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This study investigated the relationships between knowledge and efficacy for teaching sustainability in a sample of 266 pre-service primary teachers at a large, metropolitan university in Australia. A survey gathered information about the participant’s attitudes and self-efficacy for education for sustainability, along with their perceived and actual knowledge of environmental sustainability issues. The participants typically believed they were confident in their abilities to engage with education for sustainability with self-efficacy increasing with increased levels of perceived knowledge. However no relationship was found between perceived knowledge and actual knowledge which suggests that the participants either do not feel constrained by their lack of knowledge, or are perhaps unaware of their actual knowledge of sustainability issues. This lack of relationship may have implications for the development of pedagogical content knowledge with pre-service teachers potentially developing shallow, tokenistic approaches to Education for Sustainability.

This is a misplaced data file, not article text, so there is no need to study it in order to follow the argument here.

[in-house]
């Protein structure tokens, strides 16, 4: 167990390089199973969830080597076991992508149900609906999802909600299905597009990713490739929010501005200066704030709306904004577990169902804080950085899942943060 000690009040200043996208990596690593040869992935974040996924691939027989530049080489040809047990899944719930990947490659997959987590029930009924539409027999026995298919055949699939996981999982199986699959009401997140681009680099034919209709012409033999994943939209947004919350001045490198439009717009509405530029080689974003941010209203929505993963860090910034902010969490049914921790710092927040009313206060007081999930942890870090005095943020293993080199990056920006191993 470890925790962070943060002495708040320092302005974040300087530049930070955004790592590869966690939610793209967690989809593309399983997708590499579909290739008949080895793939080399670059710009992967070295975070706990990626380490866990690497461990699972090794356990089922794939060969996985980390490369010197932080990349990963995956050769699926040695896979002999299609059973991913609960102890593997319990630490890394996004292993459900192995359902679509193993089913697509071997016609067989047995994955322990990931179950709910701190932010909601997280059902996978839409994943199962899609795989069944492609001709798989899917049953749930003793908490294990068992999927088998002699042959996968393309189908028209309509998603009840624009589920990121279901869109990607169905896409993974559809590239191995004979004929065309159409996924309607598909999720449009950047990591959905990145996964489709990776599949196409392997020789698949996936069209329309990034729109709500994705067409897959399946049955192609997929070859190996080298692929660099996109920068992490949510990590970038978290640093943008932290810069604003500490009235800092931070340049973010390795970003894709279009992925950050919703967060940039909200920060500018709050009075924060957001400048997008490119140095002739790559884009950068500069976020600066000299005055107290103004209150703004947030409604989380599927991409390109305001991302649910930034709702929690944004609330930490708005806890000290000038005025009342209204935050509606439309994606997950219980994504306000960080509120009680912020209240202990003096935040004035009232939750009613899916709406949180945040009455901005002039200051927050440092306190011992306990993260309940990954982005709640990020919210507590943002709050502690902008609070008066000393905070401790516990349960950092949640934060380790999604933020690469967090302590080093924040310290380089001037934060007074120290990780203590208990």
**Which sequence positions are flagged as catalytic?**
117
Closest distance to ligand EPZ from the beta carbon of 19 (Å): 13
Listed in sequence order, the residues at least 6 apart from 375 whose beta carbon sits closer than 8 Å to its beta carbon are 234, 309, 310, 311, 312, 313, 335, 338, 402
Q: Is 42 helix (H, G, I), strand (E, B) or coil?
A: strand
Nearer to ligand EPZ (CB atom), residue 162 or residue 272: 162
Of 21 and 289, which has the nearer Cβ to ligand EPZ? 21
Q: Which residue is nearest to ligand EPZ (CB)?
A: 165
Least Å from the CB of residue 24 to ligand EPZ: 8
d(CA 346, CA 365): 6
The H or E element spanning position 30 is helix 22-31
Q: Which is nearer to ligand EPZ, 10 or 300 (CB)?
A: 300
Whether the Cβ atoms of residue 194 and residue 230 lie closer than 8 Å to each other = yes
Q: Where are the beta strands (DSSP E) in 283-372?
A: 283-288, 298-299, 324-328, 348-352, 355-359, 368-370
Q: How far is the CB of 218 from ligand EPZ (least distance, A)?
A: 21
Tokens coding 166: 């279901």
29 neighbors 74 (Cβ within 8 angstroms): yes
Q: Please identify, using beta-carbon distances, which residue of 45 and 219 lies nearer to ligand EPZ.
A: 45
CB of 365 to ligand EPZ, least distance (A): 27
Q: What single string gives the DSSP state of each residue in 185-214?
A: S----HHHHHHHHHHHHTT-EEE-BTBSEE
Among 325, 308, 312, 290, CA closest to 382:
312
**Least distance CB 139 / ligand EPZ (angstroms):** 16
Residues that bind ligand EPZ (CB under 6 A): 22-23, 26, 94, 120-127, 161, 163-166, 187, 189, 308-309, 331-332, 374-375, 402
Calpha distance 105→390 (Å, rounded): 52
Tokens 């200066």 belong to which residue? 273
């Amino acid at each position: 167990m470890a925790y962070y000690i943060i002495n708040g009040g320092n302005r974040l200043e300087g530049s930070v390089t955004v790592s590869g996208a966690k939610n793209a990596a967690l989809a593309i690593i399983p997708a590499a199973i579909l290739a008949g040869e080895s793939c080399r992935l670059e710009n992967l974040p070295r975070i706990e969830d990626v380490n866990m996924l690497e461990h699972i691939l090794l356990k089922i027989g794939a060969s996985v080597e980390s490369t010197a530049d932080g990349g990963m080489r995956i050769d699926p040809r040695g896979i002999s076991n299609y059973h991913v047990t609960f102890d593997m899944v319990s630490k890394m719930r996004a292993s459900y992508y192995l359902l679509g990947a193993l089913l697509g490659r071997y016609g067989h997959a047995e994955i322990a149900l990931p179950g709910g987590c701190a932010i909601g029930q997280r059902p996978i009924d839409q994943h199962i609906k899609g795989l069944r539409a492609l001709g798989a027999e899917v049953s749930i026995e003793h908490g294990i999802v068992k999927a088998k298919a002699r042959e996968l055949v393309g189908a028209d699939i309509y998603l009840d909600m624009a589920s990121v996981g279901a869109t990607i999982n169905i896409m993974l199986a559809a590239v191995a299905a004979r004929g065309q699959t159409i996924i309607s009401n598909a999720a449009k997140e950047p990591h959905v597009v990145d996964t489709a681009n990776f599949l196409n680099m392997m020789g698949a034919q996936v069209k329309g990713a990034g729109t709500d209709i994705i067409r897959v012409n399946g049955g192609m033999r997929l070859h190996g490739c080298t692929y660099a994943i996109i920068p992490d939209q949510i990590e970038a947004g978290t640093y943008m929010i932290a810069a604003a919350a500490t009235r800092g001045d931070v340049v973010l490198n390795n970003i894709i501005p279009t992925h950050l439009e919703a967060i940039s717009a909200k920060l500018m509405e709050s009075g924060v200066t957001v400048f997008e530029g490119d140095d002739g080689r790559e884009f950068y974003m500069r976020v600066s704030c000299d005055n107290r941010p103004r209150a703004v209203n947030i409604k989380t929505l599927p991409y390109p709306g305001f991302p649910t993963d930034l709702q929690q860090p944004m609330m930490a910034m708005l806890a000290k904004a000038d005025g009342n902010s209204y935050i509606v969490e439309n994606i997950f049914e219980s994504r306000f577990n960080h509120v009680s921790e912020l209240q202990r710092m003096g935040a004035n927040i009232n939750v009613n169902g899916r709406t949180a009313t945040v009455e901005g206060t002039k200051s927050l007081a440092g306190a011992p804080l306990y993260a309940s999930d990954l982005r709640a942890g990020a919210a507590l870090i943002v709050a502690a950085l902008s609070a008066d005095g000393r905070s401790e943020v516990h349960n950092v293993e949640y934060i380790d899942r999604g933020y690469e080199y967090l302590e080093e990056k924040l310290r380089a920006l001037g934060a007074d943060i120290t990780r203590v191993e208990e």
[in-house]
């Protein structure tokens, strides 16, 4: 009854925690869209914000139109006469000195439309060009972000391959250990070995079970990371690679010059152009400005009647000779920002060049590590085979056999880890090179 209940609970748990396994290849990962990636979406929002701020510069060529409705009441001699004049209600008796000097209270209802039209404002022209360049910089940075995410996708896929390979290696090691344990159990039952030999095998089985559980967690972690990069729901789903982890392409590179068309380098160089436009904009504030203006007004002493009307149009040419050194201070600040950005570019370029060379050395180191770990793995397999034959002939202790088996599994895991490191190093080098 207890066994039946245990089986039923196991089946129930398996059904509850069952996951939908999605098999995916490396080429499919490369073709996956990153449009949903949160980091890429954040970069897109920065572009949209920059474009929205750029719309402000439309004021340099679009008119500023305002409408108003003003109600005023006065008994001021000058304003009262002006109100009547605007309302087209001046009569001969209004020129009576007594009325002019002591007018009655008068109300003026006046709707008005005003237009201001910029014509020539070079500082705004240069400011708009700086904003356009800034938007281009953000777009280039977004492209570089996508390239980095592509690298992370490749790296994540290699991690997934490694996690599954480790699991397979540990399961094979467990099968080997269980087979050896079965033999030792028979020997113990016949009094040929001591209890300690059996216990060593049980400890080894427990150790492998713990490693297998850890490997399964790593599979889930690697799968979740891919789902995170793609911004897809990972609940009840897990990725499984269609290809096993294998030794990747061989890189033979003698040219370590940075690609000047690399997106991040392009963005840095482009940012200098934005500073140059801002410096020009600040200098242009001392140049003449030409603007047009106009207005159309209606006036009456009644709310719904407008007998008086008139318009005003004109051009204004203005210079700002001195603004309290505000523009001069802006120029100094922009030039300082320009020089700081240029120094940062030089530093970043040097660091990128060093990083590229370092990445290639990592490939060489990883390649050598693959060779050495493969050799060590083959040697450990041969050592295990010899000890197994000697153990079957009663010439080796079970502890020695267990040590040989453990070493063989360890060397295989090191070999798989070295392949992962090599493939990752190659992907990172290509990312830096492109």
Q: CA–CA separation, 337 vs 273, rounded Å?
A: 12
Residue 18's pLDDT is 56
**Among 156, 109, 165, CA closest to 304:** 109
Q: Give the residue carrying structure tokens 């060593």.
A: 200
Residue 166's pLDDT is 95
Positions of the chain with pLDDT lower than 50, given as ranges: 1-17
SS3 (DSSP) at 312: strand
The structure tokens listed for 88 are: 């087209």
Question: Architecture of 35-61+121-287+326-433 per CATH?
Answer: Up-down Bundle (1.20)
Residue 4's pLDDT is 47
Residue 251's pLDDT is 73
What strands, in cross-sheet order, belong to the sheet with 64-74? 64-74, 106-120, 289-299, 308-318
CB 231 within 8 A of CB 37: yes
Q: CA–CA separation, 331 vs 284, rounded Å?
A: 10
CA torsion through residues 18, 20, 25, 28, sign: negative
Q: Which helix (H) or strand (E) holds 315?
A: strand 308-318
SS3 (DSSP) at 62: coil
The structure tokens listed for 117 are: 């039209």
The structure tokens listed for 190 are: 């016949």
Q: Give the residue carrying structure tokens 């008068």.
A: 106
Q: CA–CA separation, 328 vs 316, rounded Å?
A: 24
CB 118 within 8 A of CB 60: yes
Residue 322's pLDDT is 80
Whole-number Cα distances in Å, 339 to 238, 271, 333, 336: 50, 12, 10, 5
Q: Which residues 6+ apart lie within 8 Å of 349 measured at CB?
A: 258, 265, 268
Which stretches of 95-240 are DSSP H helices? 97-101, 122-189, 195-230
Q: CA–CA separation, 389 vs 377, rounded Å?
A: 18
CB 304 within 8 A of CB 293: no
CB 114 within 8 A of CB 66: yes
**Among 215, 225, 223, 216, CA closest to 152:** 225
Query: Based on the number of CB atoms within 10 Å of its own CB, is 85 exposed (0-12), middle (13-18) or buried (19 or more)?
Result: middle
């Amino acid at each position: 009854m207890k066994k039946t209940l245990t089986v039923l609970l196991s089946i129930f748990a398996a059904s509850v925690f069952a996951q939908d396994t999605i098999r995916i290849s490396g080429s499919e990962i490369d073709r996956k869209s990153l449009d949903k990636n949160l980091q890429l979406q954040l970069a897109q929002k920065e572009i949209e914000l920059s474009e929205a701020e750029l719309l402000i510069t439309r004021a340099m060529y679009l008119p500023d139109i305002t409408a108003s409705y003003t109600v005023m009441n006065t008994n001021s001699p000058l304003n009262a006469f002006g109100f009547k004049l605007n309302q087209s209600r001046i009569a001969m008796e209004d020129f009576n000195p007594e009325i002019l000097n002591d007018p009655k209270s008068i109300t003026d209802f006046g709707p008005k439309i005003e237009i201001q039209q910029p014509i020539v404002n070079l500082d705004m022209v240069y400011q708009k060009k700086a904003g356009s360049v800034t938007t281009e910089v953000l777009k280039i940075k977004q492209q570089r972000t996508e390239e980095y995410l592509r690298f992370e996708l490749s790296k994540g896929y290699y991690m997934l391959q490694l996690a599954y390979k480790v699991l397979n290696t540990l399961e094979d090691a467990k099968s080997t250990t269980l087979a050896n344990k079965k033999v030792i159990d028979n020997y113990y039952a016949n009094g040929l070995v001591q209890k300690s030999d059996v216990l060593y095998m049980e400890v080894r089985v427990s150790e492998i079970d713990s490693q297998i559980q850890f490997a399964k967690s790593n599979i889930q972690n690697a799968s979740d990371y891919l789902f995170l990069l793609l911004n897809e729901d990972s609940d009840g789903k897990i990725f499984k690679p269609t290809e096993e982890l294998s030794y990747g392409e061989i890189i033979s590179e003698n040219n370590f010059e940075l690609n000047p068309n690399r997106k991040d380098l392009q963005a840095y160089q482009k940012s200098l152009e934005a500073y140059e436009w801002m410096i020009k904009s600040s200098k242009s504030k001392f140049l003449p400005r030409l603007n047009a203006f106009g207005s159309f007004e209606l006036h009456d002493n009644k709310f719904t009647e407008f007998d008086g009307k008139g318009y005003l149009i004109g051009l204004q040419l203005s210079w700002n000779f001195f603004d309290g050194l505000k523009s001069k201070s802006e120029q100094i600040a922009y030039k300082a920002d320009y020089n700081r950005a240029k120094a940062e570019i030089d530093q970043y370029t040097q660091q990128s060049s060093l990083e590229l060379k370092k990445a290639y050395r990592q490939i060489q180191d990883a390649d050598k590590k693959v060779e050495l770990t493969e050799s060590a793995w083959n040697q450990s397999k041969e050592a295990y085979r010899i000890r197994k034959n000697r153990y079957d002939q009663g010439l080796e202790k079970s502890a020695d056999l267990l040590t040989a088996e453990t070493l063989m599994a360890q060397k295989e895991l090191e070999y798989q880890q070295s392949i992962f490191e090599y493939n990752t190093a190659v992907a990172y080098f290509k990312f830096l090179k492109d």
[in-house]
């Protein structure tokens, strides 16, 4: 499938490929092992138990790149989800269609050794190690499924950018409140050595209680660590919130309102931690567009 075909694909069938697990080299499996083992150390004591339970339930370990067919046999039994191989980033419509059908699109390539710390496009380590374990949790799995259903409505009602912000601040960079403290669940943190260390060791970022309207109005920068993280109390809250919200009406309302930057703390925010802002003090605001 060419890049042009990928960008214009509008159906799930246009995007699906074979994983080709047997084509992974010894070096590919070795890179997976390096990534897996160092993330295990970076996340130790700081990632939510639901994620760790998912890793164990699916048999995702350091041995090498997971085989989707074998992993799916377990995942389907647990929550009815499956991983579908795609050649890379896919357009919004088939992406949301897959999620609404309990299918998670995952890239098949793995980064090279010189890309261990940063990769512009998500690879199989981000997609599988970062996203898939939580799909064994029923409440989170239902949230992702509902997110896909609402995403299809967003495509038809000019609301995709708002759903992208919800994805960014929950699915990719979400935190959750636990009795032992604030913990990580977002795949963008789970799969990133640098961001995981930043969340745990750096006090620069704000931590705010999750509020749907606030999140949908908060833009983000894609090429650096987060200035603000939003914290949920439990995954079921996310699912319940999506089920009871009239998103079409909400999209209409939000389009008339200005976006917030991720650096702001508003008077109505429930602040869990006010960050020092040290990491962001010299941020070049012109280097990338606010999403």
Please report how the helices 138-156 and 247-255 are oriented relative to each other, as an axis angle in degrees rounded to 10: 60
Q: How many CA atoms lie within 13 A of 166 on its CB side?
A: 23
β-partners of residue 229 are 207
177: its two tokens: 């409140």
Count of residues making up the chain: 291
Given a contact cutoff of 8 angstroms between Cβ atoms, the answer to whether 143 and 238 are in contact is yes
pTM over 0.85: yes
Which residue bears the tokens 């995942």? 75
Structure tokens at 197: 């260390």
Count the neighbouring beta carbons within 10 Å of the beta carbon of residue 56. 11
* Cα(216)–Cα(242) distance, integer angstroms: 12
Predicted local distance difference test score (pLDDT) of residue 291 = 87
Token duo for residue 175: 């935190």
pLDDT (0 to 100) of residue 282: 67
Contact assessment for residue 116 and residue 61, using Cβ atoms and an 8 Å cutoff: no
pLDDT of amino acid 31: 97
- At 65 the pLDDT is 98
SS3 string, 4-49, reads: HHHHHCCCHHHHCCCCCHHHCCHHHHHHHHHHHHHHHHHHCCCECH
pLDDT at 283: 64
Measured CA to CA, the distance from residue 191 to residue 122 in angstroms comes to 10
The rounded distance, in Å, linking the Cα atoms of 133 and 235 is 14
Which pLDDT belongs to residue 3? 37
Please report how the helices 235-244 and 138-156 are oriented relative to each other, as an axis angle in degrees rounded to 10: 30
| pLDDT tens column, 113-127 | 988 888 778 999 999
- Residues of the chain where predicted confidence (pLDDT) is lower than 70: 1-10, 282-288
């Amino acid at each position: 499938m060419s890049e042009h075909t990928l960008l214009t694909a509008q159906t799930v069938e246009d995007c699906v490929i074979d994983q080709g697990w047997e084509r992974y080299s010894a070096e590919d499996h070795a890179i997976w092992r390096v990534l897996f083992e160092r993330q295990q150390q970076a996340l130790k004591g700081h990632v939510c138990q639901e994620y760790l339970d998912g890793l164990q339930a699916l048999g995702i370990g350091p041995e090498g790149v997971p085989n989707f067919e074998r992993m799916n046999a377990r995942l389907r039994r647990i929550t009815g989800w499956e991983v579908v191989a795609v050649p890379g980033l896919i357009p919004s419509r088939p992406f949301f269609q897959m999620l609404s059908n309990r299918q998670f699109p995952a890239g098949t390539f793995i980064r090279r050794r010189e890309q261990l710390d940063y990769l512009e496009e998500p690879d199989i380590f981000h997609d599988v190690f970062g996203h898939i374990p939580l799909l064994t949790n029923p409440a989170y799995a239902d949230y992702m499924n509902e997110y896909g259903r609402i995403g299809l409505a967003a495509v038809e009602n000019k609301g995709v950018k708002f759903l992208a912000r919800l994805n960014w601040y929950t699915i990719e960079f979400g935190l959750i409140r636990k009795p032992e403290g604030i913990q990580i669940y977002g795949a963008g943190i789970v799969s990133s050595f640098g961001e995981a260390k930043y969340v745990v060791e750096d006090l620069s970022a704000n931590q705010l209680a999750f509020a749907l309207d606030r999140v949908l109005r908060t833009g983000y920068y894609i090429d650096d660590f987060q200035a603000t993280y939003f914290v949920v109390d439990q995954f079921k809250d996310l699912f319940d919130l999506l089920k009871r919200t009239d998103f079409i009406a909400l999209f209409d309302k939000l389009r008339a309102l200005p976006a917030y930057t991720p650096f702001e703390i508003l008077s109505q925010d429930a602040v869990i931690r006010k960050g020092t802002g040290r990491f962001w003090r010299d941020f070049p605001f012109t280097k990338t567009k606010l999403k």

School of Education

Document Type

Open Access Journal Article

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Open Access